Backed by Washington, the Yemeni army has launched a major aerial and ground offensive in south Yemen where militants have gone on the rampage in recent months, looting ammunition depots and killing scores of soldiers.
Karman said former President Ali Abdullah Saleh, who quit in February after a year of mass protests, was the "real hand" behind the strength of al Qaeda in the Arabian Peninsula state.
"Fighting terrorists is a goal of our revolution, and we welcome the participation of the U.S. and the international community, but the only ones with the interest to combat al Qaeda in our country are the Yemeni people," Karman said.
Saleh long enjoyed Saudi and U.S. backing as their point man in fight al Qaeda militants based in Yemen.
But Saleh's opponents repeatedly accused him of manipulating the threat of militancy and even encouraging it to scare the United States and Saudi Arabia into backing him as a bulwark against al Qaeda and thereby help him cling to power.
"We were uncomfortable with the U.S. approach to combat al Qaeda with Saleh. I told them, 'You have to be careful with Saleh. Don't trust him.' I can't believe that (the U.S.) didn't know of Saleh's connection with al Qaeda," Karman said.
"Now with Hadi, we are confident he will stop al Qaeda."
Karman said she was happy with the transition under new President Abd-Rabbu Mansour Hadi, who U.S. officials say is proving a more effective partner than Saleh against militants.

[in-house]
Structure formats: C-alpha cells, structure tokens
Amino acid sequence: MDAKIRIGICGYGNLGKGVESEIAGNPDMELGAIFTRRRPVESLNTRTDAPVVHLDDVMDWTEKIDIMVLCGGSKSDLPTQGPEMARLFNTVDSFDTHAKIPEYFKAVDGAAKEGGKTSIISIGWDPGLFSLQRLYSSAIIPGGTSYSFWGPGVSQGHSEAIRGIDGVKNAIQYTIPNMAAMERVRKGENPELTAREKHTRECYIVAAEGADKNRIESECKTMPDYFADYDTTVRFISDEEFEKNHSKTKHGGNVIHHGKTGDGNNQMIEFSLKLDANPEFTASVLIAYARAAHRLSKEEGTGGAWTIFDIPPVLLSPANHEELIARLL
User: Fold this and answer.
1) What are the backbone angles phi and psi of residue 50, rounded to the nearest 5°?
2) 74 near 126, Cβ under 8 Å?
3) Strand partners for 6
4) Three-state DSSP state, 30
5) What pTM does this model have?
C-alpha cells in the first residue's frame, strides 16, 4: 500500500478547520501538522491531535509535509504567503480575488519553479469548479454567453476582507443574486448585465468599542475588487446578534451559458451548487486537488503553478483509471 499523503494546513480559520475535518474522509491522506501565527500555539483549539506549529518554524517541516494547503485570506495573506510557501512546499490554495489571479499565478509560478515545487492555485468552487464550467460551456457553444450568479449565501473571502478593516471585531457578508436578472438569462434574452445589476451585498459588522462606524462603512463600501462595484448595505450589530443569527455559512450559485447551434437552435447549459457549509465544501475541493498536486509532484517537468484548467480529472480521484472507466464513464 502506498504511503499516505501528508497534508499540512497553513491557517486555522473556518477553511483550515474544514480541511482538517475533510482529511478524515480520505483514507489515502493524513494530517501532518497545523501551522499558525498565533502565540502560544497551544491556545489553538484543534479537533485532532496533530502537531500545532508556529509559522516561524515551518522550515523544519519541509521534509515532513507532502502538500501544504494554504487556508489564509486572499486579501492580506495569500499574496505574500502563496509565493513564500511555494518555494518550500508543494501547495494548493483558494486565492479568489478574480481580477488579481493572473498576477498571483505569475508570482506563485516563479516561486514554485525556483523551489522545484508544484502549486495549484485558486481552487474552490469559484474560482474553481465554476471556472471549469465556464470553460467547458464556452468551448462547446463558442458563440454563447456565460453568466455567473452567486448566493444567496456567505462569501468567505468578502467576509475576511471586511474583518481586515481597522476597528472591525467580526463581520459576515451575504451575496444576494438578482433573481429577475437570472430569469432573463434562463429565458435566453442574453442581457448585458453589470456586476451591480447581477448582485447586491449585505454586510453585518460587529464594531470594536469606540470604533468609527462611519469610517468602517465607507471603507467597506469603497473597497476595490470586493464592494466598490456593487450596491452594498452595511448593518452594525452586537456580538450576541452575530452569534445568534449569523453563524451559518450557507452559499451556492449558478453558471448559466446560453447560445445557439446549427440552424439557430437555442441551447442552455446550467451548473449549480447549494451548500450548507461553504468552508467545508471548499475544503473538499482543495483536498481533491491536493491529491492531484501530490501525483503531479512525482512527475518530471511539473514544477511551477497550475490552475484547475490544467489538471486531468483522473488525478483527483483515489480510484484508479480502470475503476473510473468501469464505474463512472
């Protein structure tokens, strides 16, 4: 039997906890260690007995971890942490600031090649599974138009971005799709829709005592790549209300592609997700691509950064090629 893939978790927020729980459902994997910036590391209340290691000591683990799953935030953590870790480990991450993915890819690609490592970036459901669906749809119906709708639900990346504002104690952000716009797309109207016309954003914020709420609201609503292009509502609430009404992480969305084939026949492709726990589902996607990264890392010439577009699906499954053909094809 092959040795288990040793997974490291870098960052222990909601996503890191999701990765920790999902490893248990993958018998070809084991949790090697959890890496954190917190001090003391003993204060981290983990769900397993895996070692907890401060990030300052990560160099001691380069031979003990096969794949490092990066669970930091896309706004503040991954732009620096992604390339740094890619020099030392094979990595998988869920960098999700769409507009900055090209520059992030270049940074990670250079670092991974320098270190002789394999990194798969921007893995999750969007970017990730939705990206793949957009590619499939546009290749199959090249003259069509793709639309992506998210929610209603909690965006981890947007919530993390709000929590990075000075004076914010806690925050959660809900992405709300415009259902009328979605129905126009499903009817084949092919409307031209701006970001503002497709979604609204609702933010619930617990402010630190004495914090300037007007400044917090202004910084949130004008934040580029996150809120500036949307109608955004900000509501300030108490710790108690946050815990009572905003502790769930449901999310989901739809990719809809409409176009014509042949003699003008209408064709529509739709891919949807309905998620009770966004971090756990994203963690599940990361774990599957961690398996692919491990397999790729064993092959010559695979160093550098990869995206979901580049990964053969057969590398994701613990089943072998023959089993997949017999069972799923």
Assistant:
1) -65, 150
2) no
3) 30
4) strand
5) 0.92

At least 20 militants and seven soldiers were killed in Yemen on Wednesday when government troops fought off an ambush on the edge of a southern town controlled by an al Qaeda-linked group, an army official said.
"We are happy and we see progress. That is our victory. He is the president the revolution chose, and we are satisfied. But we are not satisfied with the situation of the army and security forces. Until now, there has been no unification," Karman said.
"It's very important that the international community (exerts) more pressure. They haven't done enough. We need support in sacking all of Saleh's family from the security forces. They support al Qaeda," she said.
Karman said reform activists were focusing on rooting out corruption and restructuring the army and security forces.
"But we (protesters) are still in the squares. The tents are still there and we will not leave until we achieve all of our goals," she said.
Karman won the 2011 Nobel Peace Prize for her role in leading protests against Saleh. She shared the prize with Liberian President Ellen Johnson-Sirleaf and Liberian peace campaigner Leymah Gbowee.